Recommended by:
    randallt, shanikka

    is what I wound up posting in this piece, which perhaps you might peruse?

    "We didn't set out to save the world; we set out to wonder how other people are doing and to reflect on how our actions affect other people's hearts." - Pema Chodron

    by teacherken on Sat Dec 14, 2013 at 01:01:02 PM PST

  •  Shanikka hi (3+ / 0-)
    Recommended by:
    randallt, swampyankee, shanikka

    I saw Ken's diary on Dasani, but didn't have time to read the linked article. Thank you so much for reminding me to read it.

    Hope all is well with you.

    Being attentive to the needs of others might not be the point of life, but it is the work of life. It can be ... almost impossibly difficult. But it is not something we give. It is what we get in exchange for having to die. - Jonathan Safran Foer

    by ramara on Sat Dec 14, 2013 at 01:18:48 PM PST

  •  Atlanta Kossacks (2+ / 0-)
    Recommended by:
    shanikka, RainyDay

    If you are out and about this weekend, stop by Lenox Square Mall and say hi to the elf! That's me. I'll be near Santa today till 8 and tomorrow noon to 6! Hohoho!

    Libertarianism is something that most people grow out of, not unlike, say, hay fever or asthma. Bob Johnson

    by randallt on Sat Dec 14, 2013 at 01:37:14 PM PST

  •  One theory I've heard re: the hiring of Bratton .. (1+ / 0-)
    Recommended by:

    .... was that Bill de Blasio was getting a lot of static (and not just from the right wing) about ending stop-and-frisk, and thus "Oh, the crime rate's gonna straight-up, just you wait and see!!!" was getting to him.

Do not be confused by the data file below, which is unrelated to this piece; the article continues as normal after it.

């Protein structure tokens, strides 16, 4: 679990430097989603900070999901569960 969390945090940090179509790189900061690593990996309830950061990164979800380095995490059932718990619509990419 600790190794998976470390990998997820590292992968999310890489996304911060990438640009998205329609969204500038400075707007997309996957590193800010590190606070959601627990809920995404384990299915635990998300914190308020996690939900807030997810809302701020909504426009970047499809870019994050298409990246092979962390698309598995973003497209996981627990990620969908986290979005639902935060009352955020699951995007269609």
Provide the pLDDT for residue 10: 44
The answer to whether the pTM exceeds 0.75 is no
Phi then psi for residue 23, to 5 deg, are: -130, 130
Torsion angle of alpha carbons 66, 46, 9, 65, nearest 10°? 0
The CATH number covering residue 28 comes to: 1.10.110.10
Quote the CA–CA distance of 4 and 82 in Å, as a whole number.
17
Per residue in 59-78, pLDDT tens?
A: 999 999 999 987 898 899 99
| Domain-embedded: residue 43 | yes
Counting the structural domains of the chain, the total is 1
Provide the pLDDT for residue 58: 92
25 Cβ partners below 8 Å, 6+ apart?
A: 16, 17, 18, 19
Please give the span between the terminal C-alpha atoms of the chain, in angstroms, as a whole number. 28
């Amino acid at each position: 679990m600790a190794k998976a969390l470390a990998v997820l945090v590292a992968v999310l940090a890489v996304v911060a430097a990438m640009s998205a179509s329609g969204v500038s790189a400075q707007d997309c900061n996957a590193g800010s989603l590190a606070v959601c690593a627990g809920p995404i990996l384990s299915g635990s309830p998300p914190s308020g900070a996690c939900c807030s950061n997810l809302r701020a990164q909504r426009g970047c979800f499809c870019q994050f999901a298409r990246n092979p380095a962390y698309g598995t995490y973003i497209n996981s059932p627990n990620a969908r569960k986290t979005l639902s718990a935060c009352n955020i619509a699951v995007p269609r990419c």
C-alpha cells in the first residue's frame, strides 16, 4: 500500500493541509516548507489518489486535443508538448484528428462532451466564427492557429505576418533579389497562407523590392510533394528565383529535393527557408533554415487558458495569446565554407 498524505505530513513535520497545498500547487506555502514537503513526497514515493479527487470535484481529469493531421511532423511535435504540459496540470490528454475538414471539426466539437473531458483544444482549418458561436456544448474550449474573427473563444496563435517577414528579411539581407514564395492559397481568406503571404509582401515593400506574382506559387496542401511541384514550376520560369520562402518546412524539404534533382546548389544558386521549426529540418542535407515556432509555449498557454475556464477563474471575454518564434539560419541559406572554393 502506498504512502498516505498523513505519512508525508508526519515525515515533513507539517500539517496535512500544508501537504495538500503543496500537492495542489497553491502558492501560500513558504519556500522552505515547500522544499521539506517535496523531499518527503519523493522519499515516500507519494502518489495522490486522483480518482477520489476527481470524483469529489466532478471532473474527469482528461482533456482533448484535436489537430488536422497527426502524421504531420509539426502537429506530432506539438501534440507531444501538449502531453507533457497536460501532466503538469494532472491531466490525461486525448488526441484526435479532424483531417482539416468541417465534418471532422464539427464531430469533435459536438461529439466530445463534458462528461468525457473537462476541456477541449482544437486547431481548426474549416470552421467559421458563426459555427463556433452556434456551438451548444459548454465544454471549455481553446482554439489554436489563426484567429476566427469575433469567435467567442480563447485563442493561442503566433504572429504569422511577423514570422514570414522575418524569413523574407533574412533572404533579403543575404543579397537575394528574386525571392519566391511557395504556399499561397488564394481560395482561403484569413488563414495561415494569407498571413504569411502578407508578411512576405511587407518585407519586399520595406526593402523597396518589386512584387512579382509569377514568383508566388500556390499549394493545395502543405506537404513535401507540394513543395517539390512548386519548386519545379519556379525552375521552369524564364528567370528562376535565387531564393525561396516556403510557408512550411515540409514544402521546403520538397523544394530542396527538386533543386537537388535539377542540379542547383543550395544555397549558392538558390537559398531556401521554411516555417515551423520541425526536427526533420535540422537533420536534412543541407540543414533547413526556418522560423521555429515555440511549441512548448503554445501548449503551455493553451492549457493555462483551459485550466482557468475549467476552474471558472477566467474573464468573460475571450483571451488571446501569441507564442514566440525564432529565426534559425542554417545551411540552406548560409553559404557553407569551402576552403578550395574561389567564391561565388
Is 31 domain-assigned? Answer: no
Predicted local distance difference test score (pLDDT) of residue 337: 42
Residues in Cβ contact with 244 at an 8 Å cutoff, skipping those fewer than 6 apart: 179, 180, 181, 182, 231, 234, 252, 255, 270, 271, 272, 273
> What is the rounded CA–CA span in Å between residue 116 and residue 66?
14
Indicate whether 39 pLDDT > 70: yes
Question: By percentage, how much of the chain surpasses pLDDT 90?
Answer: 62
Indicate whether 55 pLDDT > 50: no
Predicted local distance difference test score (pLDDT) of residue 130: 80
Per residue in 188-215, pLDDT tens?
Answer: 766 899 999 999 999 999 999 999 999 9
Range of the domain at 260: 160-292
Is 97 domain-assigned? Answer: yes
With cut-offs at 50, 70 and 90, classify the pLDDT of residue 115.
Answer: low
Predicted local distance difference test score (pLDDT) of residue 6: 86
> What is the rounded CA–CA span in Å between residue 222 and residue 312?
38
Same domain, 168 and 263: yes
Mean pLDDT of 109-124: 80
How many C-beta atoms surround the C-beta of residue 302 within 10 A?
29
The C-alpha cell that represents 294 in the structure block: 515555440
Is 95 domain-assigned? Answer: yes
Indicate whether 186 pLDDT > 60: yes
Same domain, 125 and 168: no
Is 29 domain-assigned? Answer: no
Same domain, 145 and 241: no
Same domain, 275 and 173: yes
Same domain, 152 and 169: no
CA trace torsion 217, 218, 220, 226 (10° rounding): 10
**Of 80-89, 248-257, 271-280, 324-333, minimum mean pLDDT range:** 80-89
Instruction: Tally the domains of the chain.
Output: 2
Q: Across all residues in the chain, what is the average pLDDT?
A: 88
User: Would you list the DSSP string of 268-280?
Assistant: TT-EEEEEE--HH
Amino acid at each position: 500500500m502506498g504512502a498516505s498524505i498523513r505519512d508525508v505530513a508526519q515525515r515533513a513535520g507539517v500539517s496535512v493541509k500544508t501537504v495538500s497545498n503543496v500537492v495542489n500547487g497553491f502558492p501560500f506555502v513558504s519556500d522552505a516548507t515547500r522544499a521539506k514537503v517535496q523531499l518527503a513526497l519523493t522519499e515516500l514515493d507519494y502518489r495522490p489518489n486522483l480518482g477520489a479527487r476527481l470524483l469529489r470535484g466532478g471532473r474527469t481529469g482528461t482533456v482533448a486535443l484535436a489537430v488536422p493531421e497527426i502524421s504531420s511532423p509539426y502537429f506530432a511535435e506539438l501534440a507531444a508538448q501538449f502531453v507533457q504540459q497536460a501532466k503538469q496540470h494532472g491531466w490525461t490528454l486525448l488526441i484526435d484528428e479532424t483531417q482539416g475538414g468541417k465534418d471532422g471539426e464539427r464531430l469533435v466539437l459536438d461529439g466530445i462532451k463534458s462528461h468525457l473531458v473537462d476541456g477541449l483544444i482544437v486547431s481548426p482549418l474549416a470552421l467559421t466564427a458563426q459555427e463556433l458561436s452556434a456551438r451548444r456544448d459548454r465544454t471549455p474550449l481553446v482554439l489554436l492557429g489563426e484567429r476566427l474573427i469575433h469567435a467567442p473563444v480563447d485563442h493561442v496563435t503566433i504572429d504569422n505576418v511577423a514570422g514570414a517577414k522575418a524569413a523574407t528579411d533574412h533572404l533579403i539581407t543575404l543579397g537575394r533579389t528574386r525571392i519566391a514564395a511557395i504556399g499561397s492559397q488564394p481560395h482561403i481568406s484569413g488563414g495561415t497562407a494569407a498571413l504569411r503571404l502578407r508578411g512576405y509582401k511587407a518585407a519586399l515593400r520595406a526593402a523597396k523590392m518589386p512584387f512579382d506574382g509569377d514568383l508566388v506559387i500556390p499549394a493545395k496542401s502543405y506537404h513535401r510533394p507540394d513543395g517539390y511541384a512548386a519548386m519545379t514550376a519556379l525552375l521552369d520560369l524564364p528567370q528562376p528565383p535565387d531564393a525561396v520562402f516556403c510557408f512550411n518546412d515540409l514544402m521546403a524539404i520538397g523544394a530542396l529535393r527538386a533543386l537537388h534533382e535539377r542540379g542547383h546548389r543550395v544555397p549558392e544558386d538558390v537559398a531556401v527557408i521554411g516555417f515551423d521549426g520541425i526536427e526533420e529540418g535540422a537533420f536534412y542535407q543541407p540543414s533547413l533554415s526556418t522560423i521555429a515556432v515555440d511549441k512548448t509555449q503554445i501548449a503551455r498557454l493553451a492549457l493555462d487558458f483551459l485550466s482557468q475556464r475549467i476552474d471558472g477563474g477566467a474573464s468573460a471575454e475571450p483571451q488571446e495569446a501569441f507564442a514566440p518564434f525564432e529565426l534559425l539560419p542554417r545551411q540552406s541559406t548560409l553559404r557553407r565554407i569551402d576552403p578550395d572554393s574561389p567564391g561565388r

The theory goes on to say that hiring Bratton ends the blow-back. And that if Bratton can successfully shift the department away from racial profiling and more towards the statistical/strategic planning that first brought him to fame, then de Blasio has immunized himself on this issue.

      Whether this was (in fact) his rationale or, more importantly, whether any of this will work: remains to be seen.

    "We should pay attention to that man behind the curtain."

    by Ed Tracey on Sat Dec 14, 2013 at 02:09:34 PM PST

  •  that "reverse racism" comedy bit you link to (2+ / 0-)
    Recommended by:
    shanikka, zootwoman

    Aamer Rahman makes a really valid point in his comedy routine: all you need is a time machine and the ability to completely change history.

    It's worth watching and bookmarking.

    Join the 48ForEastAfrica Blogathon for the famine in east Africa: Donate to Oxfam America

    by JayC on Sat Dec 14, 2013 at 03:13:01 PM PST

    •  Well, depends on how you define racism (0+ / 0-)

      He's really talking more about white privilege and discrimination versus racism. In that context, he's correct, it's a stupid concept.

      But if we're talking about African-Americans practicing racism against whites in a manner that discriminates and in some manner disenfranchises the white person, yes, that can happen on an individual basis.

      Case in point: I used to be a pizza delivery driver.  One night I delivered a pizza to an African-American.  The bill was $18, he gave me a $20 and said keep the change.  Then he said "oh wait, you're a white motherfucker, give me my change".

      Is that reverse racism on an individual level? It's racism of some sort, however you define it.

      Liberalism is trust of the people tempered by prudence. Conservatism is distrust of the people tempered by fear. ~William E. Gladstone, 1866

      by absdoggy on Sat Dec 14, 2013 at 07:53:55 PM PST

      [ Parent ]

    •  Dunno (0+ / 0-)

      I watched the routine, but something just didn't sound right about it.
      I mean, any time you dig back in history to justify current actions, to me, that elicits a red flag.
      Racism means that you treat a person based on what you perceive their racial category to be.
      In other words, you treat person A thusly as you perceive them to be "white" (whatever the hell that means), whereas you treat them in a different manner if you perceive them to be "black", "yellow", whatever.  Or vice-versa, so racism can go any which way it chooses...